Cognitive self-regulation focuses on helping children use their brains more effectively.
Many children, particularly those on the autism spectrum, can have a rather fractured view of the world. They notice lots of details, some important and some not. They might not notice the bigger picture and don’t chunk together the myriad details they noticed. This can lead them to learning lots of facts
but not how to they come together. Think of an ever-expanding pile of collected bits and pieces. The number grows but they’re all in a jumble. Soon the pile reaches capacity and no more can be added. When things are in a jumble, it’s hard to find something when you want it. Unless those pieces can be organized, we’re pretty much at a standstill.
Well, that’s what happens when you don’t have strong cognitive self-regulation. When we teach cognitive self-regulation, children learn to look carefully and systematically – doing one thing at a time. They learn to figure out the most important and relevant information. This means also that they have to learn to ignore some bits.
Then they learn to put the bits and pieces together. They connect some of the new bits to other things they already know. They also form new concepts and categories of information. By organizing it, they can hang onto the information more readily. Also, it’s easier to find it when you need it. This is just like organizing things at home. If you put all mittens together, it’s easier to find a pair when you need them.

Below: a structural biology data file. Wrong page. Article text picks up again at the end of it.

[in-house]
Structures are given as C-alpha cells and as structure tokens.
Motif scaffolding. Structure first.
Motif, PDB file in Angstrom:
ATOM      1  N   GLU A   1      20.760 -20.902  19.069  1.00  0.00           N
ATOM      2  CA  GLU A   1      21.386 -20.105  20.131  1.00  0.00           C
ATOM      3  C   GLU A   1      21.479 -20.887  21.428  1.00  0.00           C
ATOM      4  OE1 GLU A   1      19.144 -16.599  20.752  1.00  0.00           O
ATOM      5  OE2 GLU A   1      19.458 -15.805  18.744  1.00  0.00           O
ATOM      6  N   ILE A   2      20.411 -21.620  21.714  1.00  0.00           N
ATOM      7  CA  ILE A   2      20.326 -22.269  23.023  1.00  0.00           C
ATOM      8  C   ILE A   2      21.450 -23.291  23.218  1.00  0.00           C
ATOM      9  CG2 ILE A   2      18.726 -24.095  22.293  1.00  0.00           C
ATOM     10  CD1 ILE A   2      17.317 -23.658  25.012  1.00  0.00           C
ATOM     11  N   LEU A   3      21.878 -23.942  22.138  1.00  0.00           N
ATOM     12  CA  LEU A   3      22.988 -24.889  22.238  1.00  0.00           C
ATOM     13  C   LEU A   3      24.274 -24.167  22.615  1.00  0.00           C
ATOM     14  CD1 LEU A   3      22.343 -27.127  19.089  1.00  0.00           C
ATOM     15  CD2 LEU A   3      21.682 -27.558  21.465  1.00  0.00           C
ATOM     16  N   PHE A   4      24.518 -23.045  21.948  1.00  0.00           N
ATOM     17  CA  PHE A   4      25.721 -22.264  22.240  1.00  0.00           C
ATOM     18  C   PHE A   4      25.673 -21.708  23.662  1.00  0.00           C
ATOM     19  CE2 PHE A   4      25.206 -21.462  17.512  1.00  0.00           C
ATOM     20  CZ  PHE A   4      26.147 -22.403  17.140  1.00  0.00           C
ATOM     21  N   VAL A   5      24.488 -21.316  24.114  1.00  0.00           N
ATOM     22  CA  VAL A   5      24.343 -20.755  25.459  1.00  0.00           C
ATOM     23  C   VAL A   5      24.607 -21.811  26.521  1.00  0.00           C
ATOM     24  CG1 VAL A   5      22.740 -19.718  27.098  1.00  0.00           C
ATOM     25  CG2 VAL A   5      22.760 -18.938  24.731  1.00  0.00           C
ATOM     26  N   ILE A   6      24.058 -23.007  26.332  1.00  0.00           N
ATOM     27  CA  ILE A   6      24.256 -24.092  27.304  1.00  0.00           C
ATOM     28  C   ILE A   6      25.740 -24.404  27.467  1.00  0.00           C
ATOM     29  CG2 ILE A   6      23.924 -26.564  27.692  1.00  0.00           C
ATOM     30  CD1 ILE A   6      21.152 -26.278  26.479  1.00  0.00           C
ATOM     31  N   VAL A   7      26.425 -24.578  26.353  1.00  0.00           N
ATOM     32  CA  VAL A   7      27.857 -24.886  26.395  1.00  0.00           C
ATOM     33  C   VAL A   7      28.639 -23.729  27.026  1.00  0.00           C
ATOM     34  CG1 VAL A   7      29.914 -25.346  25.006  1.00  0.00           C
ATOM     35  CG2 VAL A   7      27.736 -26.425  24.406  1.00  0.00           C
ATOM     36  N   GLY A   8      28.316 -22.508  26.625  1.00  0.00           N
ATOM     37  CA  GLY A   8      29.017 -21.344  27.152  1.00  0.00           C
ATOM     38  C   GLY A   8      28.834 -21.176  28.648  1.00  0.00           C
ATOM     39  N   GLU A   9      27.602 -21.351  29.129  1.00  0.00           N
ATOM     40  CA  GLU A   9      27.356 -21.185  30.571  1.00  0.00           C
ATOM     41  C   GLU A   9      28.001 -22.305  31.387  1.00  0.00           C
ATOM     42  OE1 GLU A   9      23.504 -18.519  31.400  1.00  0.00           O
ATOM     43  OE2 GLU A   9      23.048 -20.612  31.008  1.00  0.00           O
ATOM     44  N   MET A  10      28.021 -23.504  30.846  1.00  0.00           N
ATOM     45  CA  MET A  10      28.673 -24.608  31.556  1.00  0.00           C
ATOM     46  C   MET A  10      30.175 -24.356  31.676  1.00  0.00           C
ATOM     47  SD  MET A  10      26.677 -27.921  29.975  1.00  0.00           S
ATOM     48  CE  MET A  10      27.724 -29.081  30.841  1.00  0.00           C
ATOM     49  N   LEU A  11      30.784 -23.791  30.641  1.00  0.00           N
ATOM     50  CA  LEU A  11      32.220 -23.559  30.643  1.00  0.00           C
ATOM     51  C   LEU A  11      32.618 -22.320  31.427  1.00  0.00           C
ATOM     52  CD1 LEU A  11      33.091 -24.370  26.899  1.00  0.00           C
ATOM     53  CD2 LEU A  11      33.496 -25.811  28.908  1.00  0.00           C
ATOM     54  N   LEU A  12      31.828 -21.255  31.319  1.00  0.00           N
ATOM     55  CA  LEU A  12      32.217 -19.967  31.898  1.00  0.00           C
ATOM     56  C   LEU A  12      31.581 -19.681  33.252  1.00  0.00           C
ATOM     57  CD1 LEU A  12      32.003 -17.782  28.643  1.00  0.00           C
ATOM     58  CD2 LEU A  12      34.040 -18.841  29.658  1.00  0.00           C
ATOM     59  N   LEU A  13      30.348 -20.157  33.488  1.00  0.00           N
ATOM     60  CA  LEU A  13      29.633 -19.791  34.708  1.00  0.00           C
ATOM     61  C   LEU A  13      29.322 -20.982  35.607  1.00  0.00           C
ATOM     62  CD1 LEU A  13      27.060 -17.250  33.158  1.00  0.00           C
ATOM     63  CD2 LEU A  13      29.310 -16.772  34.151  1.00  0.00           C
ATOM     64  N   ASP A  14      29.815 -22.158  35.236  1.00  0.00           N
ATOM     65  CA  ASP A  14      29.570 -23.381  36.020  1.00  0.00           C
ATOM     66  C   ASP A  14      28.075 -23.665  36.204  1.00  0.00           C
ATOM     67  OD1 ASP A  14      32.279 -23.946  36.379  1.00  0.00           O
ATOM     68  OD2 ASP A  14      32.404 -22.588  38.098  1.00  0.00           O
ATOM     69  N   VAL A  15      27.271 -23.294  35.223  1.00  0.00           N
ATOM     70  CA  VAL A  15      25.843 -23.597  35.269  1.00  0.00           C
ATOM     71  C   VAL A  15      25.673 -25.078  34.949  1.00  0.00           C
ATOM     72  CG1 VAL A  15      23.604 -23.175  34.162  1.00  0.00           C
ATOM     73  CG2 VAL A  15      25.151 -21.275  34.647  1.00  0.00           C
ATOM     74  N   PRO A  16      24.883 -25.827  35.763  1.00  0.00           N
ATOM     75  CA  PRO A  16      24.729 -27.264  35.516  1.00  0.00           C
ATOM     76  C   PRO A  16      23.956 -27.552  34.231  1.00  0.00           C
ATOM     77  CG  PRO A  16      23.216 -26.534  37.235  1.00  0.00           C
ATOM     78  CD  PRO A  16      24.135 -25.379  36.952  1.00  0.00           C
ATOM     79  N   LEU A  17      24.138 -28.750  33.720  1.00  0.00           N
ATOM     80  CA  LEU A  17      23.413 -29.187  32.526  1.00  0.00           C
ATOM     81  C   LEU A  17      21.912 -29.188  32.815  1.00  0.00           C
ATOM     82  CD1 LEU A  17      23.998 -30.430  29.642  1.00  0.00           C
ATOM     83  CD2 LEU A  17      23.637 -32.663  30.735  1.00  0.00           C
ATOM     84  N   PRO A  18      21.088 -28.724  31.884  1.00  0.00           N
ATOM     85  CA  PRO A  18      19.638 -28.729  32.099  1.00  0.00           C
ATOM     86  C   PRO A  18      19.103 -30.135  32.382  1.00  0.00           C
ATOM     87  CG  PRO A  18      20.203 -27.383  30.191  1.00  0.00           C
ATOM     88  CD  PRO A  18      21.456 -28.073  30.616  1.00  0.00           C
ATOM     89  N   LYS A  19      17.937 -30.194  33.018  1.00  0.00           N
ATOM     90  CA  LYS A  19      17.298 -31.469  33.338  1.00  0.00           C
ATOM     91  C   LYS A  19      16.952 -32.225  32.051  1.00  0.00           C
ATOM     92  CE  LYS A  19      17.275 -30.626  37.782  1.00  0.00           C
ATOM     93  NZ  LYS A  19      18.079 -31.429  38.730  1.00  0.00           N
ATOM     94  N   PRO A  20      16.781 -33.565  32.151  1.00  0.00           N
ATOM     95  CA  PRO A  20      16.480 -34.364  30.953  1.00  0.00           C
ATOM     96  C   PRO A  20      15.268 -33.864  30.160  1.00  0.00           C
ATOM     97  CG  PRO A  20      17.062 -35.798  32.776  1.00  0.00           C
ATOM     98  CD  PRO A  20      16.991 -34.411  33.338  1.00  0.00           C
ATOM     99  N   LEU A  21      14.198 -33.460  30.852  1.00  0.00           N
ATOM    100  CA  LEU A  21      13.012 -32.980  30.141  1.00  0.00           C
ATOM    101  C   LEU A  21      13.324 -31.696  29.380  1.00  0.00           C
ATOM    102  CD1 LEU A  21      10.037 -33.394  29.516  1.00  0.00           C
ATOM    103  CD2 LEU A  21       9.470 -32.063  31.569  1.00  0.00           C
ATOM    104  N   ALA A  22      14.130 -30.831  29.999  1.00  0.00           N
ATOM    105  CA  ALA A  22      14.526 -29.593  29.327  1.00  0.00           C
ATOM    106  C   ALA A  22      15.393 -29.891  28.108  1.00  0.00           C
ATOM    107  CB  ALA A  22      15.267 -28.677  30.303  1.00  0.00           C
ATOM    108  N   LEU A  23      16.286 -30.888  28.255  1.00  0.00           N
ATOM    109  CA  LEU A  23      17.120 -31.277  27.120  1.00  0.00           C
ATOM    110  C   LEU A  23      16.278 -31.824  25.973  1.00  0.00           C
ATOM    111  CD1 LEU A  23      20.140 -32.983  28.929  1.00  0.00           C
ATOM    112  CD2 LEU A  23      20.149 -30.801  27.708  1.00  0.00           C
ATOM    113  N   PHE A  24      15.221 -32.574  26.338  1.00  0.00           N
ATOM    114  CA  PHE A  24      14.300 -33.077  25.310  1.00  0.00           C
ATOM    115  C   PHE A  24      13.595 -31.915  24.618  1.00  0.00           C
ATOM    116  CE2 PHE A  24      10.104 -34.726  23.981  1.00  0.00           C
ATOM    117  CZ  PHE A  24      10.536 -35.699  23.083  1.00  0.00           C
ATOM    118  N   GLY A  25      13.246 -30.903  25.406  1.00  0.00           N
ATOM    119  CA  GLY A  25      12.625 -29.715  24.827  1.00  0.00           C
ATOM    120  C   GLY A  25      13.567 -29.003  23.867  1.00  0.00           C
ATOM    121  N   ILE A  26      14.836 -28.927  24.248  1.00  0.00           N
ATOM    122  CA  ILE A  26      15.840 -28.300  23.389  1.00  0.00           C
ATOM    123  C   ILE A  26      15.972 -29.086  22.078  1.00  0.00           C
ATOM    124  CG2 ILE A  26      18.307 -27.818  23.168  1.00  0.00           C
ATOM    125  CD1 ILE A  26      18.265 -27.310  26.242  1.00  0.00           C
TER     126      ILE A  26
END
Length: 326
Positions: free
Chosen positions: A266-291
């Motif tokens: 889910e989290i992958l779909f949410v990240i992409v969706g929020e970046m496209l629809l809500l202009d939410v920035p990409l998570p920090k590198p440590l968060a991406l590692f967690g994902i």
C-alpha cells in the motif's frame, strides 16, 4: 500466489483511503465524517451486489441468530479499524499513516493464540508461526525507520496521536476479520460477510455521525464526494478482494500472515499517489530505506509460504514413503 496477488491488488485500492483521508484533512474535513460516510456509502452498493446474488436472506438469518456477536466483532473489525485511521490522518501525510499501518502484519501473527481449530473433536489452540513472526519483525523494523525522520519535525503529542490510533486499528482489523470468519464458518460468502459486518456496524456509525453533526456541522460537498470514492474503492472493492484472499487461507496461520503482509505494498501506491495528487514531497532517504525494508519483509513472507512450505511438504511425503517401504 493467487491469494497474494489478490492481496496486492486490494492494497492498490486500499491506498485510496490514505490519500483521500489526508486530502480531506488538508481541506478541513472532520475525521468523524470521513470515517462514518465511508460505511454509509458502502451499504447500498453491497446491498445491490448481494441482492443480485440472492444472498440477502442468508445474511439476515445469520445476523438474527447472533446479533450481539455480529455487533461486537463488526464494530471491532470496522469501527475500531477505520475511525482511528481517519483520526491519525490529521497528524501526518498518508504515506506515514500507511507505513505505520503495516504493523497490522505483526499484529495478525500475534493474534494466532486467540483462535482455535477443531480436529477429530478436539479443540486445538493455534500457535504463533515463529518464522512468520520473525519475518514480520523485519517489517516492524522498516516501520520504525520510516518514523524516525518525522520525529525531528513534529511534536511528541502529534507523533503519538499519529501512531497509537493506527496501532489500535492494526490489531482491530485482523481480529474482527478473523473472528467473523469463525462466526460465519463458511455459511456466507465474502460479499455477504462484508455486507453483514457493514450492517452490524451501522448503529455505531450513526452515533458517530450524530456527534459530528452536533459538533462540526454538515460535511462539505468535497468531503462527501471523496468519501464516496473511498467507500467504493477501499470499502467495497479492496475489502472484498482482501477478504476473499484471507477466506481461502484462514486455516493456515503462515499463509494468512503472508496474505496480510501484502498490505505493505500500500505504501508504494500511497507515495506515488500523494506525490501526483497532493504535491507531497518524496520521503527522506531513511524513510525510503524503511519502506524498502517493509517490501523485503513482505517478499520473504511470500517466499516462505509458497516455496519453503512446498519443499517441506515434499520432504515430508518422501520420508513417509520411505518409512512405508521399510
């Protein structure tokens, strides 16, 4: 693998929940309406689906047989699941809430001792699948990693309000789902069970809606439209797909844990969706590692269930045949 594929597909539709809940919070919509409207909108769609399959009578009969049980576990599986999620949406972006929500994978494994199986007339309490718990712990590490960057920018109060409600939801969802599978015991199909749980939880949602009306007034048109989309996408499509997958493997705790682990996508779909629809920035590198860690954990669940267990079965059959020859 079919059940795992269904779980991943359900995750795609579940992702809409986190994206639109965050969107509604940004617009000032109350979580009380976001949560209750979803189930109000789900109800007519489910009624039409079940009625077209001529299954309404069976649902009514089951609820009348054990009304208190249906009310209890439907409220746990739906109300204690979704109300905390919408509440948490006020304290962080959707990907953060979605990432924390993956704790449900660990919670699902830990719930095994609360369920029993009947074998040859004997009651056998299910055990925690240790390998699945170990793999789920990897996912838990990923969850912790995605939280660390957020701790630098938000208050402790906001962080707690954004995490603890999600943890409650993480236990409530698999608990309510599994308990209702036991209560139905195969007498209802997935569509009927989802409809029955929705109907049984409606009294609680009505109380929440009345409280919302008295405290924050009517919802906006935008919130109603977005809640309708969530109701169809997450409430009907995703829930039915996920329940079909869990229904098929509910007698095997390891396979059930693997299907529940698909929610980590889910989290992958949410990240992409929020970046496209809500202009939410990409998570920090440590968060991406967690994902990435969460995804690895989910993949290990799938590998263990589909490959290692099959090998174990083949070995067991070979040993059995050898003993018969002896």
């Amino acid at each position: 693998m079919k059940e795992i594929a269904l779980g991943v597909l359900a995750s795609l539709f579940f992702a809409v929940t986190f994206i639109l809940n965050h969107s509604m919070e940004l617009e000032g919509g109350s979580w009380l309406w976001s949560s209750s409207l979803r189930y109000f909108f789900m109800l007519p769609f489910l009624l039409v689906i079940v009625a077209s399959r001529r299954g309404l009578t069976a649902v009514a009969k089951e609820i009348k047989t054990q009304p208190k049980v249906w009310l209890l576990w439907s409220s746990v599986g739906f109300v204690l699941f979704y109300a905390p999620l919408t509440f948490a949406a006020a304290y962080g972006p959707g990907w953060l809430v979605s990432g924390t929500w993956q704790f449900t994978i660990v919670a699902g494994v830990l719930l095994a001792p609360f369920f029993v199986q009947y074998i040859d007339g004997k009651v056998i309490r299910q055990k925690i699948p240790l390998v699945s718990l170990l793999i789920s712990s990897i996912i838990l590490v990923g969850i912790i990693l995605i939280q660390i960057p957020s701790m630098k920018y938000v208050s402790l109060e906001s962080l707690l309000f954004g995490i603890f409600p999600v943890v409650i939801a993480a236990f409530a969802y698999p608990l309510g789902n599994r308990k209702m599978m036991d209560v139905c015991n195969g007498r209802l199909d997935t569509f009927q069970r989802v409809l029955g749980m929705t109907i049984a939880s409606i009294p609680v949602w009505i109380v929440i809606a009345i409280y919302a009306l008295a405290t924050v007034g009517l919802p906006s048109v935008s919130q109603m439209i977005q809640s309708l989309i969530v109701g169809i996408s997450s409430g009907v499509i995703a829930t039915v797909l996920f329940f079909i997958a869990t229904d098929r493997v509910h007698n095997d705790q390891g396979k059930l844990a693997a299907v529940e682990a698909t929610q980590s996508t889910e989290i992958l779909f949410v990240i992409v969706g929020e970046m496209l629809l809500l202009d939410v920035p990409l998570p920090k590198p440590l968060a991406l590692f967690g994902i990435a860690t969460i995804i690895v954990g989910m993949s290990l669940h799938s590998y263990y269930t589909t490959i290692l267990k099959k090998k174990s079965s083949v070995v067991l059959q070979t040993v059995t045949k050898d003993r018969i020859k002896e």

During this process, children are prompted to ask themselves if the information makes sense. This step involves checking if they understand – “Do I already know that?”, “Do I know what to do?” If they’re not sure, they’re taught to check things again and to ask for help if needed.
What we’ve described to this point helps make sure children take in complete, accurate, and relevant information. They learn to check it out to make sure they understand,. And they put it together in ways that make storing and remembering easier.
Cognitive self-regulation also involves learning how to talk about ideas so other people can understand. Children are taught how to organize their thoughts so they can explain their ideas and talk about things that happened.
In the coming months, we’ll describe each of these processes in greater detail.